When a Veteran Dies an Angel Cries

flagThe passing of our veterans is always the end of an era, the final call of our creator.  How tragic we whale but such is the cycle of our existence, ones time must ultimately arrive, our purpose has been fulfilled.  The loss to loved ones is stark, an end to a life of honor, the final call that no veteran can deny.  An angel sheds a tear when a veteran passes for there are few to replace him or her, they stood where few would tread, they fell when some fled and they rose when many withered.

 

But for the family that end is the beginning of their final honors to On Guardtheir hero.  The painful path to the final resting place is hard for those left behind but necessary and a proper closing when the flag is drawn and taps are played. That path is strewn with what might seem to be clutter and drudgery but in the end our veteran deserves all that was sacrificed for and all that was earned because we need that closing as much as our veteran does.

 

That path is so scary but there is help and guidance and others that want to help.  Our heroes and their families are entitled to certain benefits and it is our duty to see they are obtained.  Few veterans made their military history an open book but families must organize whatever they have so the ordeal is less traumatic.  The funeral director can assist in many ways with paperwork, formalities, contacting veterans’ organizations and cemeteries but in the end the loved ones must accumulate the bulk of the necessary records.

 

Veterans of the United State Armed forces are eligible for an array of benefits and services.  Eligibility is based on several circumstances and issues and the Veterans Administration (Veterans Affairs) can be very helpful.  The following information is an effort to assist families in the final hours but in the end those left behind must take control and make the closing chapter of their heroes passing a journey of honor.

 

Necessary Documents:Graves & Flags

·       Veterans Discharge Certificate (DD 214)

·       Social Security Number

·       Death Certificate

·       Birth Certificate

·       Marriage Certificate

·       Divorce Decree

·       Social Security Numbers for all family Members

·       Children’s Birth Certificates

·       Life insurance policies

·       Wills, Deeds, letters of intent

 

VETERANS BURIAL BENEFITS FOR ELIGIBLE VETERANS

·       Veterans and their spouses can be buried at National Veteran Cemeteries at no cost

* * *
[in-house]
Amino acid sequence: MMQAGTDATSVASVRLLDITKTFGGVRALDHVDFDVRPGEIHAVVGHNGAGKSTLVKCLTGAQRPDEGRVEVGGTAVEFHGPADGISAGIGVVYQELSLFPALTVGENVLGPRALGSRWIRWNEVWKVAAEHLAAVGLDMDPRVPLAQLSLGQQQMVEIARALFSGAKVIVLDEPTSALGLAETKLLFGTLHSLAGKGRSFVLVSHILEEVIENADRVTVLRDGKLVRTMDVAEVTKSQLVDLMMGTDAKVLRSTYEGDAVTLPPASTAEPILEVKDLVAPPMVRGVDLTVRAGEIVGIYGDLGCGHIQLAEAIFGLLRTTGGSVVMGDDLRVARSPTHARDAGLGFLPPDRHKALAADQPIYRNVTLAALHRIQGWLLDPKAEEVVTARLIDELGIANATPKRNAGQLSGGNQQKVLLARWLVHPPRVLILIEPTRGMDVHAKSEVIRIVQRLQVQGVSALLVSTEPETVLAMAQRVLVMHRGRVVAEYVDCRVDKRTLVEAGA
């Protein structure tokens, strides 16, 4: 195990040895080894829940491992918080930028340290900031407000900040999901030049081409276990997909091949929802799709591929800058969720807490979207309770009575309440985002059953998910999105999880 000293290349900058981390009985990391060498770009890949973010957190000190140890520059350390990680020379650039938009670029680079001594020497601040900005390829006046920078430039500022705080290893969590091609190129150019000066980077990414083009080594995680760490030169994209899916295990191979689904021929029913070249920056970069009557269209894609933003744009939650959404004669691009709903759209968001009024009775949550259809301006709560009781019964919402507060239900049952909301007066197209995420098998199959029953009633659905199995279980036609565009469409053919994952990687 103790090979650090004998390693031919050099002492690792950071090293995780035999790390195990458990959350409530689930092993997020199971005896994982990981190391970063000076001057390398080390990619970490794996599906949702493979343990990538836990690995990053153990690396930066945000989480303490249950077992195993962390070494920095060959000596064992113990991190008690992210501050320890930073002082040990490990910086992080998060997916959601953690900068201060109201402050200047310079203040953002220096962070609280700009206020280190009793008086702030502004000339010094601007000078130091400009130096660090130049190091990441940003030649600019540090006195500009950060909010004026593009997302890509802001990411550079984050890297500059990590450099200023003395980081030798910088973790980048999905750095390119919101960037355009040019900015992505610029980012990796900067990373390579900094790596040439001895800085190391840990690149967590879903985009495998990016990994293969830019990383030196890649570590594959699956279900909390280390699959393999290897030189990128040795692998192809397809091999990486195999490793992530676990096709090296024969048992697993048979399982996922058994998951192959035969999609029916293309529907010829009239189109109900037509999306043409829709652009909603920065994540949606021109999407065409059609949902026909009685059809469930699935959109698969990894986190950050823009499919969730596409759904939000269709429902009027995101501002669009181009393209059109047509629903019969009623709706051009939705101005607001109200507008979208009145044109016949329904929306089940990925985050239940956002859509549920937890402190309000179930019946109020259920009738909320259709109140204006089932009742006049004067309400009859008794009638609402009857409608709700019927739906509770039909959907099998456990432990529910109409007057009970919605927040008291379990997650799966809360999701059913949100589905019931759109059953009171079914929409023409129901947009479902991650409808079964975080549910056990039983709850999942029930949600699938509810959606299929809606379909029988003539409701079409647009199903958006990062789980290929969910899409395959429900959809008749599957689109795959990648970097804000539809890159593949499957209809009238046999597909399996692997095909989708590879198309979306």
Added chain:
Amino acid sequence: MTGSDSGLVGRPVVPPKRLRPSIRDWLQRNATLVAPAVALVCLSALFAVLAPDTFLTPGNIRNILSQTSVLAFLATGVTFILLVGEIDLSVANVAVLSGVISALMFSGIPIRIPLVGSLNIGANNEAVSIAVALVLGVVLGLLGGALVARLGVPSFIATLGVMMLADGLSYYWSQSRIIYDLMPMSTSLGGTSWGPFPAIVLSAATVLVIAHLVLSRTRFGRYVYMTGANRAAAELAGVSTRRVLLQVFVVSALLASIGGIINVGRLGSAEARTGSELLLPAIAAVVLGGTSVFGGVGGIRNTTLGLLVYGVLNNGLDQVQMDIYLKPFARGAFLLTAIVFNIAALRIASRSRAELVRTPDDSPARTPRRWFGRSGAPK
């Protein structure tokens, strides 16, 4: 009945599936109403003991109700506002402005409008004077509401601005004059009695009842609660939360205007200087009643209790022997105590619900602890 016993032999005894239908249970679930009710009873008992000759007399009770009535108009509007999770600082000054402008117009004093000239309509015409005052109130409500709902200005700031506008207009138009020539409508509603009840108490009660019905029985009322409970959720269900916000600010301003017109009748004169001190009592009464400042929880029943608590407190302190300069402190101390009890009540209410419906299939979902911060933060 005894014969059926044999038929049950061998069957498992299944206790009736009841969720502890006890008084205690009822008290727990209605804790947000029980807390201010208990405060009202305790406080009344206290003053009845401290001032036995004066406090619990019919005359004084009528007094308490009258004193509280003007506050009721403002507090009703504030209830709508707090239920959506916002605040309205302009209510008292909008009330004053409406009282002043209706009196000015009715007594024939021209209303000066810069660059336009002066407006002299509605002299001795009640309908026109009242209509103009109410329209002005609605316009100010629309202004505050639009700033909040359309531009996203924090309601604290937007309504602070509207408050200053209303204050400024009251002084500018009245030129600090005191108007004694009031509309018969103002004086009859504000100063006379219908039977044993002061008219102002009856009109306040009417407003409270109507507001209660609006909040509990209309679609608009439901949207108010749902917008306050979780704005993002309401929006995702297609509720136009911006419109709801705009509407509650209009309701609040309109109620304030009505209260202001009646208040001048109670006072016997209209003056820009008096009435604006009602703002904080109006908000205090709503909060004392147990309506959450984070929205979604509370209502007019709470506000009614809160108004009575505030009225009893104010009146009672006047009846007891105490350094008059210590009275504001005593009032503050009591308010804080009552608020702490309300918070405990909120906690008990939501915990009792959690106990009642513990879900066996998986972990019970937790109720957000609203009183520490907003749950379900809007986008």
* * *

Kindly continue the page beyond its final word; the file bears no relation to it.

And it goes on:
·       Provided with headstones and/or markers

·       Presidential Memorial Certificates

·       Military Funeral Honors:  At the family’s request the United States Department of Defense will provide military funeral honors which include the folded Flag (provided by the funeral director & supplied by the Veterans Administration) and taps

·       Burial expenses up to $2000 for service related deaths and $300 plus $150 plot allowance for non-service related deaths

 

BURIAL IN A NATIONAL CEMETERY

·       Members who have met minimum active duty requirements

·       Discharged Honorably

·       A spouse, minor children and certain unmarried adult children are eligible even if they pre-decease the veteran.  Other requirements and limitations may apply in unordinary circumstances.  The funeral director can work with the nearest National Cemetery in making appropriate arrangements for an eligible veteran.

 

NATIONAL CEMETERIESBurial

·       Bath National Cemetery

·       Calverton National Cemetery

·       Woodlawn National Cemetery

·       Long Island National Cemetery

·       Gerald B. H. Solomon Saratoga National Cemetery

 

NEW YORK STATE VETERANS BENEFITS

·       Max payment of $6000 to defray burial and funeral expenses for New York State residents killed in combat after September 2003

·       Applications for payment must be received within two years of burial or cremation

·       New York State can also help those unable to afford funeral expenses

 

Timing is critical  Do not wait to apply for the eligible benefits there are time limits that apply and it is the veterans family and loved ones that must take that responsibility. 

 

The following are additional resources:

 

Fred White, Chief Warrant Officer, U.S. Army